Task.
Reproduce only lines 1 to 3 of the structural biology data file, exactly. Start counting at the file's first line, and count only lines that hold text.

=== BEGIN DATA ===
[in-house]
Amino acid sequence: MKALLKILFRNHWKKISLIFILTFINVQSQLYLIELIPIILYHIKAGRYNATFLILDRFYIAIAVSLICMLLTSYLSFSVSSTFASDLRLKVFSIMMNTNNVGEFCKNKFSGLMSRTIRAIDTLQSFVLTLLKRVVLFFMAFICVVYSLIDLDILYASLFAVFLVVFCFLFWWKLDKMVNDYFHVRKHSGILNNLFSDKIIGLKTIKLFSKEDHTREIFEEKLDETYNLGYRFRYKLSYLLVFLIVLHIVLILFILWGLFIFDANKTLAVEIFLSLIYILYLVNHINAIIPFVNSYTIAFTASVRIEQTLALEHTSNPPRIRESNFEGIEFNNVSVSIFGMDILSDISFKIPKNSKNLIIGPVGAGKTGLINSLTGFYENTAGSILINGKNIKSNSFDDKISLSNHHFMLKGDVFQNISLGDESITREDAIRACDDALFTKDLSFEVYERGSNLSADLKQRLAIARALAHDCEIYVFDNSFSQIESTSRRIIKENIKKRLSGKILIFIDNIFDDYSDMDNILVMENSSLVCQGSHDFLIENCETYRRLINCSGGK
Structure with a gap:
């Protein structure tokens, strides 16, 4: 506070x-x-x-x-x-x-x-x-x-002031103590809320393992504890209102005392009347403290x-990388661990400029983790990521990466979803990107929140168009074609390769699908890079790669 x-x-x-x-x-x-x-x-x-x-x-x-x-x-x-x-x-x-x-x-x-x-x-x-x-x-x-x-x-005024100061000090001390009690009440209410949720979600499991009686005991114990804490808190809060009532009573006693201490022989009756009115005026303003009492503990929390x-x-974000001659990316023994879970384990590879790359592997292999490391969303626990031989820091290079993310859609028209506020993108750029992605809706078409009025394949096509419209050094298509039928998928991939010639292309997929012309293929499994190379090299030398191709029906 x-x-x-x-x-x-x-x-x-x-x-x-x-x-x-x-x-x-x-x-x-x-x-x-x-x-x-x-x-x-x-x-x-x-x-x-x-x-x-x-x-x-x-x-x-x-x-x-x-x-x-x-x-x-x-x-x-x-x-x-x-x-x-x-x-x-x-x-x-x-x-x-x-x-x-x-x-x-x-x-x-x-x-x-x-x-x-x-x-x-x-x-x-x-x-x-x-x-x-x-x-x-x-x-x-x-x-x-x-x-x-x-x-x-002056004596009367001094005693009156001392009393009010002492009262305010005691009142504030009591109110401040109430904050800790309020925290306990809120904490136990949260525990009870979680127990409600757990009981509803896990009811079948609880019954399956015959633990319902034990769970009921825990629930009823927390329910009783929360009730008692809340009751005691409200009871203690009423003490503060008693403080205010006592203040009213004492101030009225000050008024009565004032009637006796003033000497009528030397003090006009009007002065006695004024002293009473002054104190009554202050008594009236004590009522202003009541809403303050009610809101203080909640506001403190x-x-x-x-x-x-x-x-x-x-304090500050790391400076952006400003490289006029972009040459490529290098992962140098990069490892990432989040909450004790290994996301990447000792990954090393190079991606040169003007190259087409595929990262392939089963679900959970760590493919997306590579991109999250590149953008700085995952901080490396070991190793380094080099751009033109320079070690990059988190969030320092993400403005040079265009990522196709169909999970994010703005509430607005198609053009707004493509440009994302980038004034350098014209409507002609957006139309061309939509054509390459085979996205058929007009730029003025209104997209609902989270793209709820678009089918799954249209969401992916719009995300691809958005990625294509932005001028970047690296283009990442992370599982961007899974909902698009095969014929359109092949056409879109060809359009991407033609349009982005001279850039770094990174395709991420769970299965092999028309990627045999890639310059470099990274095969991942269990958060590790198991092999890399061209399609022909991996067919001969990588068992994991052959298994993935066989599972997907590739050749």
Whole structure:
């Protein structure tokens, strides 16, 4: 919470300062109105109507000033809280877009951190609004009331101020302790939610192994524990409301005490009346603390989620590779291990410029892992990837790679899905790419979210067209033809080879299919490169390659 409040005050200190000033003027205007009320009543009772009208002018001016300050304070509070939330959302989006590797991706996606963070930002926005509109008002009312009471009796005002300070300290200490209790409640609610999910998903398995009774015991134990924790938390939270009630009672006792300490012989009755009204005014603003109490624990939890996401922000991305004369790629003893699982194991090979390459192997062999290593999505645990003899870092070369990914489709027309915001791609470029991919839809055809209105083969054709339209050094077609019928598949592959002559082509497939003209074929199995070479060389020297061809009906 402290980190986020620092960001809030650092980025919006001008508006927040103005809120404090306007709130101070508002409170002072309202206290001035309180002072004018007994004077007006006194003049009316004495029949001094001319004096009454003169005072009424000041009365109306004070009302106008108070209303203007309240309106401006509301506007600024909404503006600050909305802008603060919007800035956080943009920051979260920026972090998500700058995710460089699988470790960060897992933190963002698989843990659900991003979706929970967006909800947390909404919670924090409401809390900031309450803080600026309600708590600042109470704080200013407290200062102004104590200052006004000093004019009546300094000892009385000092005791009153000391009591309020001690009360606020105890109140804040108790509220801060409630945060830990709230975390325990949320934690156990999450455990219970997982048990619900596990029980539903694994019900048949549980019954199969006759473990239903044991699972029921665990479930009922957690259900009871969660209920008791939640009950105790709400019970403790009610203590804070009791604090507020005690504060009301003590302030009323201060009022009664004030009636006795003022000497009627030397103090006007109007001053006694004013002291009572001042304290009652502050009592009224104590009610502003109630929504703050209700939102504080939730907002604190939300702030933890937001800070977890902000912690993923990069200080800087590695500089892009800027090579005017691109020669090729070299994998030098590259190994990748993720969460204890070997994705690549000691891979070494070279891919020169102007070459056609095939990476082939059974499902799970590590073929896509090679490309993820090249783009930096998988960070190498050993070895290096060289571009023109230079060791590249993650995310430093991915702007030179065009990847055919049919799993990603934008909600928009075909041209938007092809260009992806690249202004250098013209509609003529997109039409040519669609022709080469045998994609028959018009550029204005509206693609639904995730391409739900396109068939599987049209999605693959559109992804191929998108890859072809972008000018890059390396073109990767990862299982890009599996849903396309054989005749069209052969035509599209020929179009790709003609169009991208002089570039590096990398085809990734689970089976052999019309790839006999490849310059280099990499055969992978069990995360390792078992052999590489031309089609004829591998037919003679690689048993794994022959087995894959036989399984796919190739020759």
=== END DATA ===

[in-house]
Amino acid sequence: MKALLKILFRNHWKKISLIFILTFINVQSQLYLIELIPIILYHIKAGRYNATFLILDRFYIAIAVSLICMLLTSYLSFSVSSTFASDLRLKVFSIMMNTNNVGEFCKNKFSGLMSRTIRAIDTLQSFVLTLLKRVVLFFMAFICVVYSLIDLDILYASLFAVFLVVFCFLFWWKLDKMVNDYFHVRKHSGILNNLFSDKIIGLKTIKLFSKEDHTREIFEEKLDETYNLGYRFRYKLSYLLVFLIVLHIVLILFILWGLFIFDANKTLAVEIFLSLIYILYLVNHINAIIPFVNSYTIAFTASVRIEQTLALEHTSNPPRIRESNFEGIEFNNVSVSIFGMDILSDISFKIPKNSKNLIIGPVGAGKTGLINSLTGFYENTAGSILINGKNIKSNSFDDKISLSNHHFMLKGDVFQNISLGDESITREDAIRACDDALFTKDLSFEVYERGSNLSADLKQRLAIARALAHDCEIYVFDNSFSQIESTSRRIIKENIKKRLSGKILIFIDNIFDDYSDMDNILVMENSSLVCQGSHDFLIENCETYRRLINCSGGK
Structure with a gap: